Surviving Suicide

Surviving Suicide

My mum’s partner took his life. He died by suicide. It felt like it happened in a span of 3 days. He went missing on a Friday, and was found the Monday after. Just like that, he destroyed my mum’s life. He hurt my children who viewed him a a step-grandparent. And he betrayed me, who after months of “vetting” him, gave him my (unsolicited) blessing.  

Mr. S’s suicide took me by surprise. I was am angry. I was am hurt. I felt feel betrayed. Although it felt like it happened in a blink of an eye, hindsight says otherwise.

There were many signs months prior to the day that we didn’t pick up. The day he went missing, I was with my mum taking her around to run some errands. After I dropped her off at her place that afternoon and carried on with my day.

The following morning, I got a message that Mr. S was missing. He hadn’t come home that night and he wasn’t at his parents place either.

As it turned out, he told mum that he was going to stay at his parents place to help them out with some work around the house; and he told his parents that he was staying at mum’s. It wasn’t until the next morning that both households realized that he was missing. From the way that he went missing, it was clear that he didn’t want to be found.

A Danger to Himself

Over the next couple of days, mum pleaded with the police to keep searching for him. I told her to tell the police that Mr. S’s past shows that he is a danger to himself. (Yes, this was his second attempt at suicide. The first one was prior to him and mum getting into a relationship.)

There is a saying, “past behavior is the best indicator of future behavior“. It was at this point that the police decided to up the ante. As I recall it, the weather on Saturday night before Mr. S was found, was atrocious. The winds were strong and the southerlies were blowing it’s icy breath over Wellington. At about 9.00pm Mum had a strong thought as to where Mr. S could be found.

She called the police and told them. They suggested that she stay home and that the search would resume in the morning. “But it’s very close by,” she pleaded. They told her to stay put in case he came home. So she did.

The following morning, my partner and I were out enjoying a nice breakfast out. The children spent the weekend at the dad’s place. It was then that we got a call from the police. “Could you come to your mum’s place quickly?” Sgt. Thomas asked.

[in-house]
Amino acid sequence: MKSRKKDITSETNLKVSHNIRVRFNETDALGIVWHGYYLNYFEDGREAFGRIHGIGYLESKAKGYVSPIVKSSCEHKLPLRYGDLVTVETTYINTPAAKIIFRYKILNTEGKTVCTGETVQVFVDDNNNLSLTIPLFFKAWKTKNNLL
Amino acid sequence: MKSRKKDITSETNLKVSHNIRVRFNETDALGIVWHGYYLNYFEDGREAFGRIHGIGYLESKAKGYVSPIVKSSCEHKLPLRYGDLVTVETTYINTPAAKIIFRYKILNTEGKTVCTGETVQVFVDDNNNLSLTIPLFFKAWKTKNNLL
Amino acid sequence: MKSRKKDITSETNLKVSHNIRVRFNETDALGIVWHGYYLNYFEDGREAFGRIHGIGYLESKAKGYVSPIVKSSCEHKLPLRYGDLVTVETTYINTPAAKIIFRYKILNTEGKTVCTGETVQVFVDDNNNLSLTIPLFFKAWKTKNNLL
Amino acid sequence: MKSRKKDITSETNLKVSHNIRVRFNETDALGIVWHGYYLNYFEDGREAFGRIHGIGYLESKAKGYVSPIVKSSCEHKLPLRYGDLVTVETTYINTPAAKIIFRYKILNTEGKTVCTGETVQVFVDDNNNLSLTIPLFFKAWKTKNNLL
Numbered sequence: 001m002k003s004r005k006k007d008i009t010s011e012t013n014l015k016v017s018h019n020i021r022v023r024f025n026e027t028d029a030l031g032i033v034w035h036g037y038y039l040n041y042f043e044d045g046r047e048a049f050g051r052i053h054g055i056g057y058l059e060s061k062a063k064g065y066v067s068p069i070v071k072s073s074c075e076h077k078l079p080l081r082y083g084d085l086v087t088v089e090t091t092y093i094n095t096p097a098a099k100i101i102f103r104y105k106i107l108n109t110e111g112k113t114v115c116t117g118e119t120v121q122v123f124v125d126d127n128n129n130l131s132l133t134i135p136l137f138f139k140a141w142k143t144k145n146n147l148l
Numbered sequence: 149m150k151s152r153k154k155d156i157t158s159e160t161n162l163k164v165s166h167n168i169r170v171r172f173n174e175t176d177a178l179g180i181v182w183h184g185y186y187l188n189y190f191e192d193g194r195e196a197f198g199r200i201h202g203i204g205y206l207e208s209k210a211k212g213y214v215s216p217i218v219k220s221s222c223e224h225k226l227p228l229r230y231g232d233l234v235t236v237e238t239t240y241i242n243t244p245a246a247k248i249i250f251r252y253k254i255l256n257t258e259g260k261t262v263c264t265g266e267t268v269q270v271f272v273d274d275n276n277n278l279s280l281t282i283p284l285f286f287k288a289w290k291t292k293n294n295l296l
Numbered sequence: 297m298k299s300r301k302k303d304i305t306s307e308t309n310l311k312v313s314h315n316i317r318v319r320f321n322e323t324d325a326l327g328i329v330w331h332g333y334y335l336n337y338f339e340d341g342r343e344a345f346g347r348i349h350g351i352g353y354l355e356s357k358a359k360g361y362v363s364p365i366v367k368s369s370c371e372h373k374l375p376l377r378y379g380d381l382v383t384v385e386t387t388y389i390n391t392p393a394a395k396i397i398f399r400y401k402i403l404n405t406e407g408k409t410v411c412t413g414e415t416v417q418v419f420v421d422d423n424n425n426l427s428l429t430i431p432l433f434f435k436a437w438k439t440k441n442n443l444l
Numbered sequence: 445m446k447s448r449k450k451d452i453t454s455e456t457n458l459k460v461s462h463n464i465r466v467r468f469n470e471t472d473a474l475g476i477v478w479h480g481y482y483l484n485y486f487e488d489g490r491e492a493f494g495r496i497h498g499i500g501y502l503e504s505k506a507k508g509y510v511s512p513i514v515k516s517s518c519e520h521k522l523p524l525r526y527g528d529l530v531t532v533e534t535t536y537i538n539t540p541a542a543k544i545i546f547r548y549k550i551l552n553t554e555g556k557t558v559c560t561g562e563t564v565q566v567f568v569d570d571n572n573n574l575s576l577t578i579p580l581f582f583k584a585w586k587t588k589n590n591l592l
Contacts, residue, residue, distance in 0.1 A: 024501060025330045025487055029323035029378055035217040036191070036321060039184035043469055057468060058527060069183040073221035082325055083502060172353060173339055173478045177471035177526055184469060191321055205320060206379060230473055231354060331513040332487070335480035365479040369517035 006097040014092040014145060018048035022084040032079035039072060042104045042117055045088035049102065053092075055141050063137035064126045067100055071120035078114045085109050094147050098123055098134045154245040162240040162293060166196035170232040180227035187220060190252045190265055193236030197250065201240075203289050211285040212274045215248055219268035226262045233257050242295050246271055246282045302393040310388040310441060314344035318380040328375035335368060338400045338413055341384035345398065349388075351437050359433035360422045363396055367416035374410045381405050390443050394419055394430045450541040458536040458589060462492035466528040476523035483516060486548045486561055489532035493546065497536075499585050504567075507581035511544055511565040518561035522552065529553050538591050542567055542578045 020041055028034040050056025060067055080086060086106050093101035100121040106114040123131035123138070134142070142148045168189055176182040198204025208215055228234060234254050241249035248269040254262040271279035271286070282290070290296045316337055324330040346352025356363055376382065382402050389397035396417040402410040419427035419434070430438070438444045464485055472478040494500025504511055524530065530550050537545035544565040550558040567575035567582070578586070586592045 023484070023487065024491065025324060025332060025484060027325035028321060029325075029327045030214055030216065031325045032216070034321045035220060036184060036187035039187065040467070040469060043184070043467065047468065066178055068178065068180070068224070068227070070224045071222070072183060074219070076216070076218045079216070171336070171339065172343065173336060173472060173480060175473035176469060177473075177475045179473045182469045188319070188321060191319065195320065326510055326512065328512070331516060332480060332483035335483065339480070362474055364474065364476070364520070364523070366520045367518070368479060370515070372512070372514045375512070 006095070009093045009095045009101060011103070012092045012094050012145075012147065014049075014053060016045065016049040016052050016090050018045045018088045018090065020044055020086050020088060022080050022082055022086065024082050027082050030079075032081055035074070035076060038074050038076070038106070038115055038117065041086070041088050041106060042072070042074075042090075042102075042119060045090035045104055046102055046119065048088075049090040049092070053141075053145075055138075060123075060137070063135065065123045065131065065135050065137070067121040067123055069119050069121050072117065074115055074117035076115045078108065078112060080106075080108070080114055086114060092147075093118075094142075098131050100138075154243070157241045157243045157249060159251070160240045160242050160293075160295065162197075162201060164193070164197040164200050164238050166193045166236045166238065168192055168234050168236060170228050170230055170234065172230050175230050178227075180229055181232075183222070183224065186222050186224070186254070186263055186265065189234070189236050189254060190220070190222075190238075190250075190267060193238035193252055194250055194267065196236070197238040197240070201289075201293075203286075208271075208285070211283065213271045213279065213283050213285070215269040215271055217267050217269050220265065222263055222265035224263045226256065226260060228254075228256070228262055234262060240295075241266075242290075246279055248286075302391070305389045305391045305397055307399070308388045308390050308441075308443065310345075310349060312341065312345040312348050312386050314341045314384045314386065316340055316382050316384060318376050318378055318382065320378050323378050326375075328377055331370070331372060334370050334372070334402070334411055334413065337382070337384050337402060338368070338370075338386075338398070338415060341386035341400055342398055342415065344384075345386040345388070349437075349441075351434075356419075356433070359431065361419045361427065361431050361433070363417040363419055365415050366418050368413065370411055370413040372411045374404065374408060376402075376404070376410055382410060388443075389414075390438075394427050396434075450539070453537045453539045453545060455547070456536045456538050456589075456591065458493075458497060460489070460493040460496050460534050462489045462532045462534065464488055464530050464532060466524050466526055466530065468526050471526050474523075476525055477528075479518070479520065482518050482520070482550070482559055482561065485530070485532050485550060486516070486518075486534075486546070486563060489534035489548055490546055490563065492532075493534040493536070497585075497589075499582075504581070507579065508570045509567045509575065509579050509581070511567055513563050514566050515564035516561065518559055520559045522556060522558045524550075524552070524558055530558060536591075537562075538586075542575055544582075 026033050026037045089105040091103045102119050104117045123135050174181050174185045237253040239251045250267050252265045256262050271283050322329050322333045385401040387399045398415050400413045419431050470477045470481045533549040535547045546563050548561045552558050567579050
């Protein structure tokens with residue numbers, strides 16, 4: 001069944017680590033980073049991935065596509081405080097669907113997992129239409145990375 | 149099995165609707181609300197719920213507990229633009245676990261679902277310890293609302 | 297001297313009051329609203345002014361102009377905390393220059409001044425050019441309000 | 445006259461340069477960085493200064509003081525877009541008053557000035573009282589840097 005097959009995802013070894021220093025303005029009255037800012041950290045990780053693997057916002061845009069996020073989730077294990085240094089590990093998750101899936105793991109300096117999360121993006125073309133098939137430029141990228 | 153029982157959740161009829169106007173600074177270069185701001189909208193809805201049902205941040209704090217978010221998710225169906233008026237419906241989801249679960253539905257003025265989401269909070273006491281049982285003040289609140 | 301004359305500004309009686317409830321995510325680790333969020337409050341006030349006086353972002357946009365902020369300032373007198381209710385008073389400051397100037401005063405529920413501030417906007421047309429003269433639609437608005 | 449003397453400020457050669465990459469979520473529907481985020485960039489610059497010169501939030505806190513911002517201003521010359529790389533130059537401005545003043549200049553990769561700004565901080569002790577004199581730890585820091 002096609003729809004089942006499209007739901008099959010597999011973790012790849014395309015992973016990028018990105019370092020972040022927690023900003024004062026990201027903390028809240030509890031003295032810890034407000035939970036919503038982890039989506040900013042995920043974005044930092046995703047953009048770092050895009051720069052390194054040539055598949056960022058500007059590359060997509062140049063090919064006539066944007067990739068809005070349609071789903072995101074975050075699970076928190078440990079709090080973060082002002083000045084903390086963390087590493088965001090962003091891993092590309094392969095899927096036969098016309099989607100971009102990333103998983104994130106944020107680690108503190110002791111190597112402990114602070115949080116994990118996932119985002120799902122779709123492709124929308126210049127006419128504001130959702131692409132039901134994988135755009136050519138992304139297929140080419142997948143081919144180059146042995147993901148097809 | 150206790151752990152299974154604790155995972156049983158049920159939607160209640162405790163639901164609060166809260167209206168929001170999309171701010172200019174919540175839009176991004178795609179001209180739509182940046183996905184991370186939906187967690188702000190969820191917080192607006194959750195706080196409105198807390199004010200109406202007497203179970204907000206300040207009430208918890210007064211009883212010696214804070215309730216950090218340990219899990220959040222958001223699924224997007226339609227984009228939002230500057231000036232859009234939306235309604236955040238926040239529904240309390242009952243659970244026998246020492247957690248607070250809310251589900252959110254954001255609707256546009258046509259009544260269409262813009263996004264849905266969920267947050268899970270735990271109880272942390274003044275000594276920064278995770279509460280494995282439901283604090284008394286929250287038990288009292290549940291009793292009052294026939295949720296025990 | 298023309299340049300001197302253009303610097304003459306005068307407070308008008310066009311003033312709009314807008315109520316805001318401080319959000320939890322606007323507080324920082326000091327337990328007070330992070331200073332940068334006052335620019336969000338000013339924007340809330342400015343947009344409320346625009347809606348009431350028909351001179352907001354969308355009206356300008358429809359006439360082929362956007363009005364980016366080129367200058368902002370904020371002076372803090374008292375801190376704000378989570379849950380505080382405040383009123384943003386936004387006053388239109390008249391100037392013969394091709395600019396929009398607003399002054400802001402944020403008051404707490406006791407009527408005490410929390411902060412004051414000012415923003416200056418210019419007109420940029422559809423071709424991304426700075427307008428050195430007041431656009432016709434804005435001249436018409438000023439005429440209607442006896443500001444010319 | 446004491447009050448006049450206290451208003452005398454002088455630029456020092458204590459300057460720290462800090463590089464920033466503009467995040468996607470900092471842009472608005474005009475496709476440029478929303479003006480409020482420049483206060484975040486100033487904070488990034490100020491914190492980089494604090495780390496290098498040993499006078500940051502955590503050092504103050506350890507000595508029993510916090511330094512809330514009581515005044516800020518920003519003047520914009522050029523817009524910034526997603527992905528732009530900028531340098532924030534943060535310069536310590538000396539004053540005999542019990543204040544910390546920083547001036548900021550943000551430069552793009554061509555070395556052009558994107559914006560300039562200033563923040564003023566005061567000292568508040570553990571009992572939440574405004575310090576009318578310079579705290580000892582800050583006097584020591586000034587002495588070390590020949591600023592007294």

I could hear my mum screaming in the background. She was wailing. I felt the blood drain from my face. My knees felt weak. I ran around in circles – to the cashier, back to our table, out the door, back in to the restaurant again. I didn’t know what to do. My partner, Wayne, told me to go to the car and he would settle the bill.

We were 15 minutes away from my mum’s place. The drive felt like an hour long.

He Destroyed My Mom’s Life

As we drove up to mum’s house. The police car was parked outside. Sgt. Thomas was waiting for me. I could hear my mum’s screams from outside. “We found Mr. S,” he said. “I’m sorry to say that he’s passed.”

I went into mum’s house and found her curled up in the arms of another police officer. It was a woman. Until then, it had been Sgt. Thomas and his partner, Jeffrey, who I’d been speaking with. Today, they brought a female officer for her.

Mum was curled up like a child, wailing and crying, calling out Mr. S’s name. I didn’t know what to do. I wanted to cry, but no tears fell.

Sgt. Thomas told me that Mr. S had hung himself.

“Where was he found?,” I asked.

“Not far from here.”

That afternoon, Wayne and I took mum to the mortuary to view Mr. S’s body. We went to Wellington Hospital, where we were told a gentleman would be waiting for us. We were taken to the viewing room, where behind a glass window, Mr. S’s body was lying.

I Looked At Him With Contempt